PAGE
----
I don’t know if that’s considered a definition of relevant mitigating evidence or not, but that’s essentially what I believe the cases of this Court say is relevant mitigating evidence.

Charles A. Palmer:

Your Honor–

What do you think we mean by all relevant mitigating evidence?

–What it means to say that someone has a mental age of nine.

Suppose, for example, a particular defendant has had a childhood in which he was subject to child abuse.

All his… all his intellectual functions are at a nine-year old’s level or just some of them or just those that are tested by an IQ test or what?

Would, would a jury have to consider that?

What do you mean by he has a mental age of nine?

Suppose a particular state says that’s… we don’t consider that relevant mitigating evidence.

Charles A. Palmer:

–Your Honor, I possess no expertise in this area.

We think it’s only if it somehow impaired the individual’s mental capacity.

Charles A. Palmer:

These mental ages that have been referred to came from Penry’s expert witnesses at the trial, and it was not explored through cross-examination or otherwise what this meant.

Curtis C. Mason:

Well–

Charles A. Palmer:

What they testified was he intellectually functions at an age between six and seven and functions in a social environment at age between nine and ten.

What if a state said that?

Charles A. Palmer:

Beyond that, I can assist the Court no further.

Would that comply with our decisions?

Charles A. Palmer:

If the Court is to accept Penry’s Eighth Amendment claim, what it will mean is that mental health professionals, rather than the courts, will make these determinations.

Curtis C. Mason:

–No, because that was one of the types of evidence that was left out in Eddings, the fact that when he went to live with his father, he was severely punished and abused by his father.

Charles A. Palmer:

And I think there’s some compelling reasons why this should not be so.

Curtis C. Mason:

And the judge said I can’t consider that.

Charles A. Palmer:

Penry’s definition is based in large part on IQ tests, which are subject to inherent defects.

Curtis C. Mason:

And this Court then said that was one of the factors in Eddings that should have been considered by the Court in, in assessing the death penalty.

Charles A. Palmer:

For instance, it’s well documented these tests do not take into account an individual’s social and cultural background.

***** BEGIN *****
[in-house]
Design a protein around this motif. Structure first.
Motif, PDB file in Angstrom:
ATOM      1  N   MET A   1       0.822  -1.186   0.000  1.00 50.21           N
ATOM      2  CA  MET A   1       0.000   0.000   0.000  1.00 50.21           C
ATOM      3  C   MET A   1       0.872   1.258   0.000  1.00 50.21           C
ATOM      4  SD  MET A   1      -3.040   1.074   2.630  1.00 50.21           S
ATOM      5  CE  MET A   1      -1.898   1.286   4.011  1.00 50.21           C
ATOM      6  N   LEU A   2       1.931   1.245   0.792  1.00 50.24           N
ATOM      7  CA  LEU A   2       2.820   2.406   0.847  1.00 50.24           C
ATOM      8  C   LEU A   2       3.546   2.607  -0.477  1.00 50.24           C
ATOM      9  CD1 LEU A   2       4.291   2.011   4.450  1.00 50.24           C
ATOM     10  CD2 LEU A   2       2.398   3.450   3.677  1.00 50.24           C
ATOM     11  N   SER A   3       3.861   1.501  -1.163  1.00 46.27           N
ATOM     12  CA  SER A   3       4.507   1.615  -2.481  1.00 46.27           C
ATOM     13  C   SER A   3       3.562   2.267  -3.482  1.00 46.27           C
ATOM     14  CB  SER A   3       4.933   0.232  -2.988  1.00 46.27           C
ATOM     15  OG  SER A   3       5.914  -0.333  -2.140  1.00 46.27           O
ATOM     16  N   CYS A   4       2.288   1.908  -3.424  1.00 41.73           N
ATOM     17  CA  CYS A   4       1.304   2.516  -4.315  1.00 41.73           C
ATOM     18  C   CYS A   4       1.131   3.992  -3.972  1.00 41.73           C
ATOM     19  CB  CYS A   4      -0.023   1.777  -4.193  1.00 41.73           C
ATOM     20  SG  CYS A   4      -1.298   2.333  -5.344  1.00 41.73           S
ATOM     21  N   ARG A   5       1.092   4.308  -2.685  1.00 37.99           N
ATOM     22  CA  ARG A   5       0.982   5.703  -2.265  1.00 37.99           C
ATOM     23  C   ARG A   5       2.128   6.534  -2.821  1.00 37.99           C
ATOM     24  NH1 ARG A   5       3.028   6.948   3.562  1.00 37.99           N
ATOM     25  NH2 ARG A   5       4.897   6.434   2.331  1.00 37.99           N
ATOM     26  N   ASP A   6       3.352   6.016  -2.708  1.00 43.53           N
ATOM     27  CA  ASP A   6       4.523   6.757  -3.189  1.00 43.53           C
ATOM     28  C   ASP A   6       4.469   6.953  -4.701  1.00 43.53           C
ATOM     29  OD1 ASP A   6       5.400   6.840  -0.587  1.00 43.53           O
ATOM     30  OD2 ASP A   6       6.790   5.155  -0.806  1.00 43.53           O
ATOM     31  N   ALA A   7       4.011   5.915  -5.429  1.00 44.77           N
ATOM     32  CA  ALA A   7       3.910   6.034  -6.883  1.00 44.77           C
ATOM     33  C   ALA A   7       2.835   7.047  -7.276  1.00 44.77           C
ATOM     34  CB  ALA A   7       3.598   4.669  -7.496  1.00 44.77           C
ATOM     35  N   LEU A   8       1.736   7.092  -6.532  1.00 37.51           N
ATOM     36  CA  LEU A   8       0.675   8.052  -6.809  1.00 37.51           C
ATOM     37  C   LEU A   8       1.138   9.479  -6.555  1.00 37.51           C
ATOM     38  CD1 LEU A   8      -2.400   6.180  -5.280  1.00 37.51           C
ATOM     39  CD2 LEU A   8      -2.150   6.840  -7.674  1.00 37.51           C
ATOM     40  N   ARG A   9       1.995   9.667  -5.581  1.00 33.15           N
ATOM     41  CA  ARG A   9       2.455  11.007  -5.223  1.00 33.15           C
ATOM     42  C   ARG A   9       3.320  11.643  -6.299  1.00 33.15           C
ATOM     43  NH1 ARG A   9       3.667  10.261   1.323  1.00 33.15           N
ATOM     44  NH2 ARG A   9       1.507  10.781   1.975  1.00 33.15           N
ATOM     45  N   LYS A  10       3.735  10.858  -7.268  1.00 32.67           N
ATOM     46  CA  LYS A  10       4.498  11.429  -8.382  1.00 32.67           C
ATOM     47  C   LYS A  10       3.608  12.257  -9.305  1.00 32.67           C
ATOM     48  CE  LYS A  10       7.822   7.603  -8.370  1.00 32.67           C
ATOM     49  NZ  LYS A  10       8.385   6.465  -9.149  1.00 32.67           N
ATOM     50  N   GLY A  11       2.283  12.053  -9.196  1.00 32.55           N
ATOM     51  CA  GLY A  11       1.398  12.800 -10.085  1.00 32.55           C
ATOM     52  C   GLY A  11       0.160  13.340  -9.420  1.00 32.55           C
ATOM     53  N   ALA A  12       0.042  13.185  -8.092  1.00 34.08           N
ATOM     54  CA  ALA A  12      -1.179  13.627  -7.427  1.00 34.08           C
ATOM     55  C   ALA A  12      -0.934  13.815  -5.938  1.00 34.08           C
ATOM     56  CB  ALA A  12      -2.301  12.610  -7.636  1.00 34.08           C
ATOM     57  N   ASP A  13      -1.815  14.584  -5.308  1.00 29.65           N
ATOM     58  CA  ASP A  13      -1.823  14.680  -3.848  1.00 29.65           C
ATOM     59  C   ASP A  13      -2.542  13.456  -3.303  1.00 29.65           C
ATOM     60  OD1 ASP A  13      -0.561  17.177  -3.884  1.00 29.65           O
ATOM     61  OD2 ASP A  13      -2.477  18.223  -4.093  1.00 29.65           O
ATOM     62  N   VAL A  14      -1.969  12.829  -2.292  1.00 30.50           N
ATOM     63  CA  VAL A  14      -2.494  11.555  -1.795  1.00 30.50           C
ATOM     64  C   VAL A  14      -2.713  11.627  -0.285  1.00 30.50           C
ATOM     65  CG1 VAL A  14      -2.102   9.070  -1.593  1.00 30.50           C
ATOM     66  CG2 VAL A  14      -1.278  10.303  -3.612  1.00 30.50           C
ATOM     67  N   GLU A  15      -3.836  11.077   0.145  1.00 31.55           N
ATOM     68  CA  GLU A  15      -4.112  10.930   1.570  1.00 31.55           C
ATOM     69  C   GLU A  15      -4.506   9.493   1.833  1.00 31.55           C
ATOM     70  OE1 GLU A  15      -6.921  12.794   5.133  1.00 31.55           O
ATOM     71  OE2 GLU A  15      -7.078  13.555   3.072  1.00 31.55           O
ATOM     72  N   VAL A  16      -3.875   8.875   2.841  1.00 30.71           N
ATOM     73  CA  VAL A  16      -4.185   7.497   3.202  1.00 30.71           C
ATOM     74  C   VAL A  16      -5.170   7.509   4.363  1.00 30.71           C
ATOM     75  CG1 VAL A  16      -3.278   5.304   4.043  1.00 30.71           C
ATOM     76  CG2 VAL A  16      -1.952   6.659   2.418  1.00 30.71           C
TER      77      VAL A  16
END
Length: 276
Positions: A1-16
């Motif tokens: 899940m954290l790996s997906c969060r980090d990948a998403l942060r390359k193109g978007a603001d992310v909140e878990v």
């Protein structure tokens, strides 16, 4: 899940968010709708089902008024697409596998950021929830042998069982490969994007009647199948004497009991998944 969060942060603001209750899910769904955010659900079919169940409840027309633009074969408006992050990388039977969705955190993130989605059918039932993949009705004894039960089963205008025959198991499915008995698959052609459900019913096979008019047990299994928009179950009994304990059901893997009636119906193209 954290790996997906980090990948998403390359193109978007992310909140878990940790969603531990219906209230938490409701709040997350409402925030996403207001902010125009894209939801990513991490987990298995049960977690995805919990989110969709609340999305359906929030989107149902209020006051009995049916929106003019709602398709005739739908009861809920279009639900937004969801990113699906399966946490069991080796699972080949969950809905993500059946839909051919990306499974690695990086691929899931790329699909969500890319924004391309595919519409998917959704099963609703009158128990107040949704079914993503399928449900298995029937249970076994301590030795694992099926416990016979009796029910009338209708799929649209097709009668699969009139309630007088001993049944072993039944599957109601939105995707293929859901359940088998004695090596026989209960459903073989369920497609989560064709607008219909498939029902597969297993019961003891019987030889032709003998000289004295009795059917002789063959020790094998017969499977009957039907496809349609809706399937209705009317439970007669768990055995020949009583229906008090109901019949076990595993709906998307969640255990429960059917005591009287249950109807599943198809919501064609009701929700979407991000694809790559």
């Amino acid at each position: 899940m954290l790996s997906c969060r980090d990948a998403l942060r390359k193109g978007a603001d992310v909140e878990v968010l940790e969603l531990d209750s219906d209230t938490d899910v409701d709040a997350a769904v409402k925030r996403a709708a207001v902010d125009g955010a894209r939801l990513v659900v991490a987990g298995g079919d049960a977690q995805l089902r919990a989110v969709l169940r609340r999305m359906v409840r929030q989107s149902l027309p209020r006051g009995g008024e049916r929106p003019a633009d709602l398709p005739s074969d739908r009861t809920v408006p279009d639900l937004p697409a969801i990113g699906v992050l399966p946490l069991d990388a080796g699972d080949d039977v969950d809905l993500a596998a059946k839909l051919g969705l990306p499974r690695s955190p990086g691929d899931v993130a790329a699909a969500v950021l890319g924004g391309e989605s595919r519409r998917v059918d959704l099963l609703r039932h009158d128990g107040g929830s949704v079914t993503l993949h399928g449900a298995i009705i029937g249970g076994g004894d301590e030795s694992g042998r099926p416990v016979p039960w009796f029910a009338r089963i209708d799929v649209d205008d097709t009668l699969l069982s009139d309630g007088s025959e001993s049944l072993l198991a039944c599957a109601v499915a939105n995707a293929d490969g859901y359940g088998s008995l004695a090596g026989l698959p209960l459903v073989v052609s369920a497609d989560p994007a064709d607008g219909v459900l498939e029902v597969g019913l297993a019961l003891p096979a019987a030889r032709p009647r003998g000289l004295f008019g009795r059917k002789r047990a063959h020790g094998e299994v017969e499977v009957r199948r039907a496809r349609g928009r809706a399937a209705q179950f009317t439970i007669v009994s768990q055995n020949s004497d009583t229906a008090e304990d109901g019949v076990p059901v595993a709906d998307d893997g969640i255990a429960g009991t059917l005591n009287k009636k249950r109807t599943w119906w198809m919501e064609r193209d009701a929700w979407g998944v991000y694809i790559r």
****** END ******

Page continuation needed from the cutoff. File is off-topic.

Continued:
Curtis C. Mason:

So–

Charles A. Palmer:

And it’s also well documented that individuals’ scores in these tests can vary widely.

What do we mean by relevant mitigating evidence if we don’t mean mitigating evidence that is relevant under the state law?

Charles A. Palmer:

Penry’s case illustrates both these points.

Relevant under what else then would it be?

Charles A. Palmer:

He has been tested between 50 and 63.

Curtis C. Mason:

–Well, any… any evidence that is going to make the jury… okay.

Charles A. Palmer:

It’s a deviation of more than 25 percent.

Curtis C. Mason:

This evidence has to bear on the defendant himself, you know.

Charles A. Palmer:

And there was also testimony at trial that his deprived background contributed to his low score.

Curtis C. Mason:

You can’t just take something that has absolutely nothing to do with the defendant and say… like he’s… he’s got a poor mother that doesn’t want him to die, so don’t give him the death penalty–

Charles A. Palmer:

Penry’s reliance on Thompson v. Oklahoma we believe is misplaced.

Well, why do you say that?

Charles A. Palmer:

The rule announced in Thompkins… Excuse me, Your Honors… in Thompson was based on the entirely objective test of chronological age.

Why do you say that?

Charles A. Palmer:

Here Penry’s test is based on IQ scores and medical diagnoses, which are necessarily subjective, and as such we would submit are inappropriate for a bright line constitutional rule.

Once you… once you say the state won’t set the limits, why can’t I feel sorry for somebody because he’s already had three brothers who have been… who have been executed, and I feel sorry for him?

Well, I take it his, his mental capacity was considered both in determining whether he was competent to stand trial and in determining the cellberateness and intention at his actions?

He’s the last of the family, and his mother will be… why can’t that be relevant mitigating evidence if I feel like it, unless the state tells me it’s not?